Before taking on the role of the Army’s lead element in the Defense Chemical, Biological, Radiological and Nuclear Response Force, or DCRF, on Sept. 30, Fort Polk’s 1st Maneuver Enhancement Brigade took part in a training exercise at Camp Atterbury, Ind.
During the 1st MEB’s transfer of authority ceremony, Joint Readiness Training Center and Fort Polk commander Brig. Gen. Clarence K. K. Chinn, said the unit’s Soldiers were the best trained fighting force in the world and the best trained when it came to the DCRF mission.
“Our nation can sleep soundly at night knowing that in the event of a natural disaster or chemical, biological, radiological or nuclear incident, the 1st MEB is fully prepared and trained to deploy on a moment’s notice anywhere in the nation,” Chinn said.
The DCRF mission includes taking command of Task Force Operations. TF-OPS must be ready to deploy forces within 24 hours upon receipt of orders to respond to a crisis. Its mission is to deploy forces in support of DCRF to save lives and minimize human suffering, while under the Operational Control of Joint Task Force-Civil Support, or JTF-CS, by providing support to civil authorities, protecting personnel and providing a corridor of relief to restore the Joint Operations Area to operational levels.
JTF-CS, a subordinate command of United States Northern Command and headquartered at Fort Eustis, Va., provides command and control for Department of Defense forces deployed in support of the National Response plan, specifically managing the consequences of a domestic chemical, biologial, radiological, nuclear and high-yield explosive situation or natural disaster. Its activation is prompted by a request for support from civil leaders.
The 1st MEB had an opportunity to corroborate Chinn’s statement, and justify the Army’s confidence in its ability, during an exercise Dec. 4-9 that tested the force’s ability to deploy on a short time-line and handle a plethora of problems, including crowd control, debris removal, life-saving operations and humanitarian assistance.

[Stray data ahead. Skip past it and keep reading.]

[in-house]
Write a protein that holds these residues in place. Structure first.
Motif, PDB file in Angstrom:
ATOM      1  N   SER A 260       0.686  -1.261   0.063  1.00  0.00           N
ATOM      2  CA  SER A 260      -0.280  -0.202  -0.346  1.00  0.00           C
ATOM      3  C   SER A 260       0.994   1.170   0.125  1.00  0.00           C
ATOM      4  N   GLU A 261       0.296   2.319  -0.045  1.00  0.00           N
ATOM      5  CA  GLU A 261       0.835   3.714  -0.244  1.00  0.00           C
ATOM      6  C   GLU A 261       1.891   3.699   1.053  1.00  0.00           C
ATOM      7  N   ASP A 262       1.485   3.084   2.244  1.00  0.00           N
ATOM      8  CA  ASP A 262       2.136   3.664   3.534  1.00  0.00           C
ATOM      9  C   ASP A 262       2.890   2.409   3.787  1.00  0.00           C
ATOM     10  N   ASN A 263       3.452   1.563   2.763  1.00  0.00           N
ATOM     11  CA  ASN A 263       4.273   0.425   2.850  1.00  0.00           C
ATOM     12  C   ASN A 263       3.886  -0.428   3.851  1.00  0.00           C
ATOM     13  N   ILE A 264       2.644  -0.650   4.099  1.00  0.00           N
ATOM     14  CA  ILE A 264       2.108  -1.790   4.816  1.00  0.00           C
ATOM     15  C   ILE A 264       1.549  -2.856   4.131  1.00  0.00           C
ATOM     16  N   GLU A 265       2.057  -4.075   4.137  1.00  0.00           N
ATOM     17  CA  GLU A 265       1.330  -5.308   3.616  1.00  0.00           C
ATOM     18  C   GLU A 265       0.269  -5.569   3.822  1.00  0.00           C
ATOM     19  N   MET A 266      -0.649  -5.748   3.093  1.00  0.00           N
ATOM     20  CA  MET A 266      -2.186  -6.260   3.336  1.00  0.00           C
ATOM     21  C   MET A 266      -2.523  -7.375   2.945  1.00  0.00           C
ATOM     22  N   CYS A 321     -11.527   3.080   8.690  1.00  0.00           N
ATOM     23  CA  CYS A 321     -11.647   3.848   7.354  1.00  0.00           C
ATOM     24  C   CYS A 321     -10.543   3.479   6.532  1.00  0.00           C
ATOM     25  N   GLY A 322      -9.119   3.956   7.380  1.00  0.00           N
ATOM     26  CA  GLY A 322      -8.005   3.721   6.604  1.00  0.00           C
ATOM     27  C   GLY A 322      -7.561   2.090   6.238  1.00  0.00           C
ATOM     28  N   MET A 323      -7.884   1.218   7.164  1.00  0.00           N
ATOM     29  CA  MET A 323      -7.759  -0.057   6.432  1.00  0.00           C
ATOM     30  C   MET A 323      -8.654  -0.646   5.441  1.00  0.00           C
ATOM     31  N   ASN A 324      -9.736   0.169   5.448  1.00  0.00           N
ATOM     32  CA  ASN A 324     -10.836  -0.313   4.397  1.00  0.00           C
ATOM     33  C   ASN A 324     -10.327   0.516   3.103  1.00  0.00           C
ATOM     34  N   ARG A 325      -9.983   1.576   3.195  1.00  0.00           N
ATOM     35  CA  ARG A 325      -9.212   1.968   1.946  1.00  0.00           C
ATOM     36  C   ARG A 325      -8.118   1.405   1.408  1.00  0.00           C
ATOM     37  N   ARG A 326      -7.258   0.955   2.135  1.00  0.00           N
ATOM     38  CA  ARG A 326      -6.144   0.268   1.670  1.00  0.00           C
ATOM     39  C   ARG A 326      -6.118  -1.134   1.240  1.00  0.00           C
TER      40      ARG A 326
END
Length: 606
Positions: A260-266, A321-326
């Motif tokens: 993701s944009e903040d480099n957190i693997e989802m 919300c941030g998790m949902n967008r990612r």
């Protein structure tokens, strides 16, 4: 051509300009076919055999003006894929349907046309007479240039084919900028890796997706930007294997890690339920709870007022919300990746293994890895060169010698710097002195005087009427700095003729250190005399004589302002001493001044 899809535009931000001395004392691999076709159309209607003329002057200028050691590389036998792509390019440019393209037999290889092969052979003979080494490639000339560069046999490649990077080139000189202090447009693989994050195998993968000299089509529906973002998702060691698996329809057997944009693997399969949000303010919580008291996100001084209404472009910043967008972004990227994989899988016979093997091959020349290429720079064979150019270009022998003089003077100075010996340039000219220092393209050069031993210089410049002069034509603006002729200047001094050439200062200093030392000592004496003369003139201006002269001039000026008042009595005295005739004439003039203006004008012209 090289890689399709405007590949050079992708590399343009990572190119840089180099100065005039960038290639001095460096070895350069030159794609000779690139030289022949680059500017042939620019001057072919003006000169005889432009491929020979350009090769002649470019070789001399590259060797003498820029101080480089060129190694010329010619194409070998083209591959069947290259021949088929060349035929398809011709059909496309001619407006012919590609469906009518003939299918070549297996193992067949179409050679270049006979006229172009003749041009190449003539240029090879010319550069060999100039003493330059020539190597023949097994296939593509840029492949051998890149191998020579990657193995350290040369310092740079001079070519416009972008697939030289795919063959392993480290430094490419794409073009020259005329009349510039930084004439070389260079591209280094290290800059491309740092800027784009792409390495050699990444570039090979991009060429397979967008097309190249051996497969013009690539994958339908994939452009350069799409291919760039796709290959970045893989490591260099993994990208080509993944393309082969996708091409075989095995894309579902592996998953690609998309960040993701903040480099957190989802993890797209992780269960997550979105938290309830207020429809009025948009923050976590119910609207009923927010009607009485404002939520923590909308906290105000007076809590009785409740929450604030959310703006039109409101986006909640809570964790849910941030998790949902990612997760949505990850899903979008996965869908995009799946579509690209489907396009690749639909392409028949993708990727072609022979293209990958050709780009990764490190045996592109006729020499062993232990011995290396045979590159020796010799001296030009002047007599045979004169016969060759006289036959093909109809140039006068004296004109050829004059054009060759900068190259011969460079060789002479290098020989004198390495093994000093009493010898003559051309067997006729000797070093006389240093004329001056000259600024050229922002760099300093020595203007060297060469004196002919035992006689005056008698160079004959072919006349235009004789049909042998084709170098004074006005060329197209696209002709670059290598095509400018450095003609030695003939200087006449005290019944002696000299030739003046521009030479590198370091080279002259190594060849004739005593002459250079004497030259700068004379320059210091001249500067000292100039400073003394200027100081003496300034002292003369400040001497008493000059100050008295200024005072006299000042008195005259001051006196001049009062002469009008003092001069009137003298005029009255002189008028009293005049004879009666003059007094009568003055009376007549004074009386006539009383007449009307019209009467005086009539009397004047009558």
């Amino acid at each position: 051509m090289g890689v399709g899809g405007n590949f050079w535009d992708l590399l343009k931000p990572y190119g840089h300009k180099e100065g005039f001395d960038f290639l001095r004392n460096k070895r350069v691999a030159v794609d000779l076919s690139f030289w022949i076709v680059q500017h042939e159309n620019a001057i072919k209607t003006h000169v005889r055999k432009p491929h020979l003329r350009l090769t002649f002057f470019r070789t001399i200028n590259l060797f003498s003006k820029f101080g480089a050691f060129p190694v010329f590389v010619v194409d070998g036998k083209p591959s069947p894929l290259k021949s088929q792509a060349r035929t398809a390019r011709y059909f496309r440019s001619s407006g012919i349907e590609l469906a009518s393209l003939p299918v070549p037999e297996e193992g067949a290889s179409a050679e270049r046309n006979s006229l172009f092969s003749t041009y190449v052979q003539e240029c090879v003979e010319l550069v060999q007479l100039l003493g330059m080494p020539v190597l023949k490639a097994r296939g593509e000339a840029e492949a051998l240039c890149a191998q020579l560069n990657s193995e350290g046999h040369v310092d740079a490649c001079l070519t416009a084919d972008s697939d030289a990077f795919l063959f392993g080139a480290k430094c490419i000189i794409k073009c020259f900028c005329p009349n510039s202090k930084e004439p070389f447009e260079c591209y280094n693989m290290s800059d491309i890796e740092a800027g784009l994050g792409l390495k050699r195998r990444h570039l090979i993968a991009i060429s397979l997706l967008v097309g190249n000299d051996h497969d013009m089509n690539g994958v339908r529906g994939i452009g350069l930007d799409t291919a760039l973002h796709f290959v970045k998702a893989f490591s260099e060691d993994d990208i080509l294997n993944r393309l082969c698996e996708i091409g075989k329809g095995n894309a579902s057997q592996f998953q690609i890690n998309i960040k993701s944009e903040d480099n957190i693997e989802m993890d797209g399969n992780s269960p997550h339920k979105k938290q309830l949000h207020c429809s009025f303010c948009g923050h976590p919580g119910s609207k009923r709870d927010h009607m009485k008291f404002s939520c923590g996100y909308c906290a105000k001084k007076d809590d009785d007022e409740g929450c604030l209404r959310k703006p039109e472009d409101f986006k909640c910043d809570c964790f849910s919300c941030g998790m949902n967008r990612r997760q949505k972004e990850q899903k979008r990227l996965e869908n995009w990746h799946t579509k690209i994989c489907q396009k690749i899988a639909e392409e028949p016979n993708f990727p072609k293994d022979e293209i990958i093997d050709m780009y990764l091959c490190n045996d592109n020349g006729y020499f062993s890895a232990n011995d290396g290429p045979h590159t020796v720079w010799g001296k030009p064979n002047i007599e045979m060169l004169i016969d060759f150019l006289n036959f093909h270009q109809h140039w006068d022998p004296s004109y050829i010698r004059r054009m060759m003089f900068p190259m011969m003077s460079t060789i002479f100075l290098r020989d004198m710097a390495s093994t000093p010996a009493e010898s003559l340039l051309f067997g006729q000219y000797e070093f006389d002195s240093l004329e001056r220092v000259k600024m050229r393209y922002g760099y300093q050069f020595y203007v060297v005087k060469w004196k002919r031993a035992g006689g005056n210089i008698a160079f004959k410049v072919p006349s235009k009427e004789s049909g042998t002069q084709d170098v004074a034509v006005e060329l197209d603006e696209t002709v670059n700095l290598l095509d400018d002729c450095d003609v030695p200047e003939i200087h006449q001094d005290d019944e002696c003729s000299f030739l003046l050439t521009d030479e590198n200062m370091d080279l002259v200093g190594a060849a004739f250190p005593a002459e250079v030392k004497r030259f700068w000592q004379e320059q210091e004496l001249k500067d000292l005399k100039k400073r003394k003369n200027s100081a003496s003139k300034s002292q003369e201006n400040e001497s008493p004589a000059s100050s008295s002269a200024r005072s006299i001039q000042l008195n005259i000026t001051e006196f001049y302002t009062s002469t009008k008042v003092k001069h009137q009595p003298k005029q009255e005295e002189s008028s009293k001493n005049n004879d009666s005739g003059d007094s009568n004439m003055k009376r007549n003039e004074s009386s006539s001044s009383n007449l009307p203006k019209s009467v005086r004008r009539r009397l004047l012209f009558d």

“For our Soldiers, it allows us to lay out and practice the things we didn’t get to do at Camp Atterbury, Indiana, like how we move, how we move our vehicles, equipment and systems,” said Col. David T. Theisen, commander, 1st MEB. “It gives the Soldiers confidence and gets them comfortable with the systems they’ll be using. Plus, it’s great training.”
The training scenario revolved around an earthquake striking near Memphis, Tenn., along the New Madrid fault line that traverses the mid-section of the U.S. The exercise began with Soldiers moving vehicles to Fort Polk’s rail yard Dec. 4 to prep for movement to the Memphis area. Vehicles were prepped for loading onto rail cars.
After rail operations were complete, Soldiers and equipment moved out Dec. 5 to set up unit tactical operations centers and make contact with local civilian leaders to determine what help was needed. The unit used villages in Fort Polk’s training area, which are normally designed to replicate towns in Afghanistan and Iraq, to simulate portions of Memphis and nearby towns.